Your Jobs Cannot Be Outsourced
For about 20 years, the most persistent problem facing PHC contractors has been the skilled labor shortage. Talented young people have been forsaking industry careers for a variety of reasons that have been detailed many times in these pages and elsewhere - the work is hard and unglamorous, school counselors turn their noses up, etc.
Now, for a brief shining moment - who knows how long it will last - the stars may be aligned just right to turn this situation around. The news media is filled with stories lamenting the outsourcing of jobs to low-cost foreign countries. Long a worrisome fact of life to factory workers, the outsourcing phenomenon lately has unleashed a tidal wave of angst among white collars as well.
Everyone from semi-skilled call center employees to computer programmers, engineers, accountants, etc., has found he or she is increasingly replaceable by bargain-basement persons willing and able to do the job from thousands of miles away. Suddenly, it seems that nobody's job is safe.
Except that's an exaggeration. Certain types of jobs will never be outsourced. Some types of work demand face-to-face customer contact or on-site manual labor. Plumbers, pipefitters and service technicians are among those who have jobs that cannot be done from remote locations.
Acts Of DesperationNor, when you think it through, can these jobs really be handled by cheap immigrant labor. I know there are parts of the country where that seems to be happening, but while undocumented immigrants may be fulfilling the roles, they are merely masquerading as plumbers and fitters. Most are low-paid task workers hired by desperate contractors who can't find any American citizens to do the work.
This is a shame. Construction jobs in general and our industry's in particular offer some of the most attractive career options not requiring a college degree. Moreover, trade apprentices get paid a living wage to learn their craft rather than shell out tens of thousands of dollars in tuition.
In light of these hard facts, it's always been something of a mystery why the trades have been such a hard sell. The surge of publicity about outsourcing may give JAT programs the added firepower needed to attract the kind of people needed. Youngsters with their heads screwed on straight want to know not only what the job entails today, but whether the jobs will be around 10 years from now.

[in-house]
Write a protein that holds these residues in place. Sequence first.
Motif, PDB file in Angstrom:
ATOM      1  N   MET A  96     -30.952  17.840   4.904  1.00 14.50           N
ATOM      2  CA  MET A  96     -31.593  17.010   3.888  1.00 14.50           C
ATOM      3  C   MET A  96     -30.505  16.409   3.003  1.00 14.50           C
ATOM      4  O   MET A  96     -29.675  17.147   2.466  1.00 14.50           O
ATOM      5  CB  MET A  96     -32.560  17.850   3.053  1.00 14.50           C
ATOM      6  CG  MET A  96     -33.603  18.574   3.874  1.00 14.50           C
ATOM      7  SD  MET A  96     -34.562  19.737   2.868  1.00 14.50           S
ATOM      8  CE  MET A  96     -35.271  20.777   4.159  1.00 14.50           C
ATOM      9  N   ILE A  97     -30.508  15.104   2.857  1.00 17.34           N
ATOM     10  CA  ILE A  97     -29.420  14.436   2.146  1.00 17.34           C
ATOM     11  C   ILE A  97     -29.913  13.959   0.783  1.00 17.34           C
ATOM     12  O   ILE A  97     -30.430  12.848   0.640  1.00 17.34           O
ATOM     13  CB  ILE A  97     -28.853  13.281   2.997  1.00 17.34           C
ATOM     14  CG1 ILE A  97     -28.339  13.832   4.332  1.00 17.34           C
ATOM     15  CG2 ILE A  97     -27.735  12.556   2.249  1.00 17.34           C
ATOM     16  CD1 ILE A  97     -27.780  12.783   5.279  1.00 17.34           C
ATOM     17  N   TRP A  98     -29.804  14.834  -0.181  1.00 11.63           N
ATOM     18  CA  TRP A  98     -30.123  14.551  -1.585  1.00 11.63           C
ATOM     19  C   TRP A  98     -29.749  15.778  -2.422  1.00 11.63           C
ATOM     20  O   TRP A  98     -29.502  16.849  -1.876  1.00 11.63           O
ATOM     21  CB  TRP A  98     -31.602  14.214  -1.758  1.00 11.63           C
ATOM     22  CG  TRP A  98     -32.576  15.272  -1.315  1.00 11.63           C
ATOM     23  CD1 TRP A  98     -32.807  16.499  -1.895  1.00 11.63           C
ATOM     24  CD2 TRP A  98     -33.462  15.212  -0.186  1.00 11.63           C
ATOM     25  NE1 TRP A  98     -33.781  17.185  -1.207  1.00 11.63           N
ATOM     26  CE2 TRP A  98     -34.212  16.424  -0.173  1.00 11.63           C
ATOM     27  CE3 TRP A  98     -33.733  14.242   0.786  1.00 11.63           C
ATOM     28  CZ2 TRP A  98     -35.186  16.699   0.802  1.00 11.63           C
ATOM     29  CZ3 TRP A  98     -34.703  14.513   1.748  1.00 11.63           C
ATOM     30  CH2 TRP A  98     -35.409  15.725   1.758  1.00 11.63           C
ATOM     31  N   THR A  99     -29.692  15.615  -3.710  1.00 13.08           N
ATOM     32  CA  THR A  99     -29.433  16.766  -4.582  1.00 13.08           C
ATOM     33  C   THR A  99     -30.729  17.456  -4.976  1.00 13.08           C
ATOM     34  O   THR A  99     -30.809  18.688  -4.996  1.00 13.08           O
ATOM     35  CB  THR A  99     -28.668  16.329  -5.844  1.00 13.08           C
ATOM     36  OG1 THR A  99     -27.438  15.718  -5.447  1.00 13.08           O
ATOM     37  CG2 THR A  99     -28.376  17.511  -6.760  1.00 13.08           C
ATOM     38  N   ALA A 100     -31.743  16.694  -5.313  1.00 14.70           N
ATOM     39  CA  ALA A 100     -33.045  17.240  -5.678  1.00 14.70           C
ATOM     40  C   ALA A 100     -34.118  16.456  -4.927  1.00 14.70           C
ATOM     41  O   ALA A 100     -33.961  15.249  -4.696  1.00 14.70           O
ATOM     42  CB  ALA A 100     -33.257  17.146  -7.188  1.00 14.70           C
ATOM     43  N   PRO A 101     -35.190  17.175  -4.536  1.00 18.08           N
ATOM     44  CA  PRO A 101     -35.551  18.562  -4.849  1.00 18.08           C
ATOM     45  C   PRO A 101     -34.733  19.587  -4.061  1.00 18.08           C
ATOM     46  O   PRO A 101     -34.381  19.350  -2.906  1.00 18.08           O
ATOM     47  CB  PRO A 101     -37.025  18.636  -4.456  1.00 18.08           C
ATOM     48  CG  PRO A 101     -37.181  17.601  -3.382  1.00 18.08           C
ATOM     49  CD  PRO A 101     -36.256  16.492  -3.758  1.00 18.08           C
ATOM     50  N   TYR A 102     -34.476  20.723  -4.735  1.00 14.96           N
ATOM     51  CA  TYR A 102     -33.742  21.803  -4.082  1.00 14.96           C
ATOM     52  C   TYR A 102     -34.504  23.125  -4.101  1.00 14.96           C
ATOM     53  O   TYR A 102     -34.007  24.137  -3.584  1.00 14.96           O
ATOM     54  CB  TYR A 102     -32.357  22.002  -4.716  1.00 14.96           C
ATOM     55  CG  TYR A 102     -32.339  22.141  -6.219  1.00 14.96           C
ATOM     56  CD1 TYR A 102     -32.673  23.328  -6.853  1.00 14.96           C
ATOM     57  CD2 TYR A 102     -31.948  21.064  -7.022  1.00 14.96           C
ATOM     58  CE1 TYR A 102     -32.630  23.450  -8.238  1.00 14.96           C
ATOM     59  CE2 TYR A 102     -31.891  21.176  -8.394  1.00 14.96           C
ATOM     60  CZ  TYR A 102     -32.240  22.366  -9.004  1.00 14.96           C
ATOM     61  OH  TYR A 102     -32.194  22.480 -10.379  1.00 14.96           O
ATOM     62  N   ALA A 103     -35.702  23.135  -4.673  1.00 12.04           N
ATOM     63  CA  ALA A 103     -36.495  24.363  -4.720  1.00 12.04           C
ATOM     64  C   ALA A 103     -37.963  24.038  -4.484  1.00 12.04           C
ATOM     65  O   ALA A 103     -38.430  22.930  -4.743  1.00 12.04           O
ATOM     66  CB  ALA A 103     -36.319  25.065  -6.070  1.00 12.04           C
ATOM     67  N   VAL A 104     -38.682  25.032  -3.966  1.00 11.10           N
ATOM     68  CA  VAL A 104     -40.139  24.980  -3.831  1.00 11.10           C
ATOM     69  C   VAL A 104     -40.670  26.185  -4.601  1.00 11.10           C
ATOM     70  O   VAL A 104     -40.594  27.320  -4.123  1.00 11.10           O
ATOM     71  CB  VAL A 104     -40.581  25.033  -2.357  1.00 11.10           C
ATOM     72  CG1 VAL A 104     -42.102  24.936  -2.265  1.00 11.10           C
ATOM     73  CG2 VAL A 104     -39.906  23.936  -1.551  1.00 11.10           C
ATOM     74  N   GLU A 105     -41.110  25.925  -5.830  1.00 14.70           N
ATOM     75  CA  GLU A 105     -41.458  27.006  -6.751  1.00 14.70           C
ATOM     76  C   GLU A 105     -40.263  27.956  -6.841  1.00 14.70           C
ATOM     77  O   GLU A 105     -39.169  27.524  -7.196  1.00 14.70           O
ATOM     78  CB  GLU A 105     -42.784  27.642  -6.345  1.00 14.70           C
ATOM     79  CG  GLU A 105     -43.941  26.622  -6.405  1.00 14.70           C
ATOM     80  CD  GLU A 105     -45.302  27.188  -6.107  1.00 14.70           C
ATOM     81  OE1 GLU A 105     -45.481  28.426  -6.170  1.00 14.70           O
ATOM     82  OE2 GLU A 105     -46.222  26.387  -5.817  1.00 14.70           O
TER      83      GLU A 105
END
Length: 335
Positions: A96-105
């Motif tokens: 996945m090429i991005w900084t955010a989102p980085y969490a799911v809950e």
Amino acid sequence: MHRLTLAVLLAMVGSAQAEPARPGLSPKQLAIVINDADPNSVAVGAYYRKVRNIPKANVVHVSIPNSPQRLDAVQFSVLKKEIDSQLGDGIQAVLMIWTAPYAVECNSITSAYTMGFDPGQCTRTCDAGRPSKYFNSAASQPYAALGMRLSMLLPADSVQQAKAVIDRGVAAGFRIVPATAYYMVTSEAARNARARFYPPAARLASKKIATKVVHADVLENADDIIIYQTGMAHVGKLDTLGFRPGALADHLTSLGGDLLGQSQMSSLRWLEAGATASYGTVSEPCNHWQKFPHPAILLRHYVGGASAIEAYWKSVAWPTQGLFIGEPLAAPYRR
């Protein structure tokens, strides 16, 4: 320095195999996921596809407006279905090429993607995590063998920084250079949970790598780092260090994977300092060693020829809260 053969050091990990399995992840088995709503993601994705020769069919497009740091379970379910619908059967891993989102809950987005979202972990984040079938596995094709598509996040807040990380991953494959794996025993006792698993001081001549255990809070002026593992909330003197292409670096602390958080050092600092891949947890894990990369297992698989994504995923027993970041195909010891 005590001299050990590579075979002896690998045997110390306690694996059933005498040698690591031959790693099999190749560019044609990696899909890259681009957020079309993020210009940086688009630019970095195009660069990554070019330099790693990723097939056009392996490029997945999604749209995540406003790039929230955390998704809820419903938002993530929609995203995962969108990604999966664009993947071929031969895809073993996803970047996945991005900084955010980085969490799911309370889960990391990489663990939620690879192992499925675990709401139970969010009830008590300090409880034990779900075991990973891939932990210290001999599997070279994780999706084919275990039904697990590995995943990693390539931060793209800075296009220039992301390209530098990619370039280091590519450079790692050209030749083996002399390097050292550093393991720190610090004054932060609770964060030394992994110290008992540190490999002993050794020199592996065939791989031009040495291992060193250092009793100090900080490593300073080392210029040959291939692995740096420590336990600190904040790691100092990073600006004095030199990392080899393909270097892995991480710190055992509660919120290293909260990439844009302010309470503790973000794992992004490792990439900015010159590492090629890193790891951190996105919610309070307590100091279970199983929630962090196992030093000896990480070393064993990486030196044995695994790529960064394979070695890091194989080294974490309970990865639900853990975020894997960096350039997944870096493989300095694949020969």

The employment picture in construction looks a lot sharper than for many other industries. From February 2003 to February 2004, construction employment grew by 128,000, outpacing that of all other U.S. industries combined, which added up to only 113,000 in the same period. The Bureau of Labor Statistics forecasts a surge of 37 percent in the demand for HVAC technicians and installers between 2002-2012, while the need for plumbers, pipefitters and steamfitters is expected to grow by 23 percent in the same period.
Employment opportunities have always exceeded the norm in our industry. It's just that the downsides have always seemed to outweigh the positives. The construction trades have languished with a reputation as a place for those who couldn't make the grades to get into college. Though always a false picture, the trades now shine brighter in contrast to so many more glamorous positions that are disappearing faster than you can say transcontinental telecommunications.
Senseless EconomicsThere is something that doesn't make economic sense about our industry's persistent skilled labor shortage that is now well into a second decade. Classic economic theory holds that where shortages exist, compensation levels will rise until reaching equilibrium. That is where there are as many people as needed in a given job category. Then when the supply shoots past demand, wages/benefits begin to recede.
Yet, wage growth has not kept pace with burgeoning demand in the PHC sector. If it had, there would be no skilled labor shortage. Most PHC industry surveys show average annual incomes between $35,000-$40,000 for nonunion plumbers, fitters and service techs. Depending on locale, union wages may go double that or beyond, but union labor no longer dominates the industry.
The nonunion compensation scales simply are not enough to make trade careers attractive to large numbers of smart young people. There are too many other ways to make 35 or 40 grand a year working jobs that are easier, cleaner and carry more prestige.
Those who think plumbers and service techs are worth no more than that will continue to have trouble attracting good ones, outsourcing or not. But for contractors with a better picture of their craft's value, the outsourcing debate couldn't come at a better time.